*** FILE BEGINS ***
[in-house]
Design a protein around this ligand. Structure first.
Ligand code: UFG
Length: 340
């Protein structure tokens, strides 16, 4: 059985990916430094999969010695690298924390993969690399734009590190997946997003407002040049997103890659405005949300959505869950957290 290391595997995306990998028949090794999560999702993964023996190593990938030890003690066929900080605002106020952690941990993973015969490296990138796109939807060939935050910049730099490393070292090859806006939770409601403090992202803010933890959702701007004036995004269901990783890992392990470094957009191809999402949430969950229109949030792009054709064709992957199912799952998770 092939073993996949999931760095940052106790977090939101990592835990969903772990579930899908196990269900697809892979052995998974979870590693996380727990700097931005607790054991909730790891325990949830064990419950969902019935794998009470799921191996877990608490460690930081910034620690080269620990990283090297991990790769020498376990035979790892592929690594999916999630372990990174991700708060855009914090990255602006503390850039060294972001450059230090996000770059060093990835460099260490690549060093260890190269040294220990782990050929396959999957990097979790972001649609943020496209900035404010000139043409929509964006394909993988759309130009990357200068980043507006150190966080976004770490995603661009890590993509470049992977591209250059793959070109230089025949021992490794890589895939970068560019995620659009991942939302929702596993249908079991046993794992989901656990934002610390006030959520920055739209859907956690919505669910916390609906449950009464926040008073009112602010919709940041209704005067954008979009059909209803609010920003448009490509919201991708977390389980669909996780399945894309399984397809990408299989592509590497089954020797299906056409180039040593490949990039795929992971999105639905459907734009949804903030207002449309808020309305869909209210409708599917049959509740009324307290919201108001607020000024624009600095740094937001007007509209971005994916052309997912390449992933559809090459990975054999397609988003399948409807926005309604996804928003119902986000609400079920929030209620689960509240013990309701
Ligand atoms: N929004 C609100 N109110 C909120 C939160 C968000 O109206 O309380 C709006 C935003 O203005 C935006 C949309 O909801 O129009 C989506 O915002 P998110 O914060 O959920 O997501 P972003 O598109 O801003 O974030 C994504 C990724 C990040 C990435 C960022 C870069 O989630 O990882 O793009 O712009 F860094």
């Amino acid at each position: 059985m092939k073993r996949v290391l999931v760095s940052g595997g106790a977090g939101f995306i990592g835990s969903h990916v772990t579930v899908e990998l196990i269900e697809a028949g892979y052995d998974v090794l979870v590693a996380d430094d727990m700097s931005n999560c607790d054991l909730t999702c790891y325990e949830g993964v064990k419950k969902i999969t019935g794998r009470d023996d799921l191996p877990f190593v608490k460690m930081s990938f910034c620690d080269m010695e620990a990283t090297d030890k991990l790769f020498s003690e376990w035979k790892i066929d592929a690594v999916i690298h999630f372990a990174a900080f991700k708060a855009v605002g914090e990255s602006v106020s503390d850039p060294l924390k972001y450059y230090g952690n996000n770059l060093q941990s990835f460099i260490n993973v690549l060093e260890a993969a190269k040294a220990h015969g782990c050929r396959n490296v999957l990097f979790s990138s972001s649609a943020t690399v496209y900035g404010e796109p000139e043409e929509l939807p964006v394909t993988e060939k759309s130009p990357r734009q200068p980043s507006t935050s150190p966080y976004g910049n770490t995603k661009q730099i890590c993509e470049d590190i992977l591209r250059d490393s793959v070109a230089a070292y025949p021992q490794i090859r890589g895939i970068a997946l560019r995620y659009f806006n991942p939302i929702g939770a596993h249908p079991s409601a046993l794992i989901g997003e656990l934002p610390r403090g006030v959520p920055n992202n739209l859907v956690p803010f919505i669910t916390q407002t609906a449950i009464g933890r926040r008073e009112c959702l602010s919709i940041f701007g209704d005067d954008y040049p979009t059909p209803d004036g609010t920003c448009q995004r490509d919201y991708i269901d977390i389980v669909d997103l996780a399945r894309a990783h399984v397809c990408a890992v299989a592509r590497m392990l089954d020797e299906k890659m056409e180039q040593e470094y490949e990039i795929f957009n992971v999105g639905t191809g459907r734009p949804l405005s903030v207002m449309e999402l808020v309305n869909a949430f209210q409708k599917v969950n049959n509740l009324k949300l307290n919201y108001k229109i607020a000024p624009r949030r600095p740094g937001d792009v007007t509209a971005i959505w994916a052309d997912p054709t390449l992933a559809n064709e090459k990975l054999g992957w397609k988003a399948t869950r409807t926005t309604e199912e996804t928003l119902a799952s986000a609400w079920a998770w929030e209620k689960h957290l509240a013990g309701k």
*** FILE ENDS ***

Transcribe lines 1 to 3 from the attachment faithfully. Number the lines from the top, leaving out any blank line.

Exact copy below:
[in-house]
Design a protein around this ligand. Structure first.
Ligand code: UFG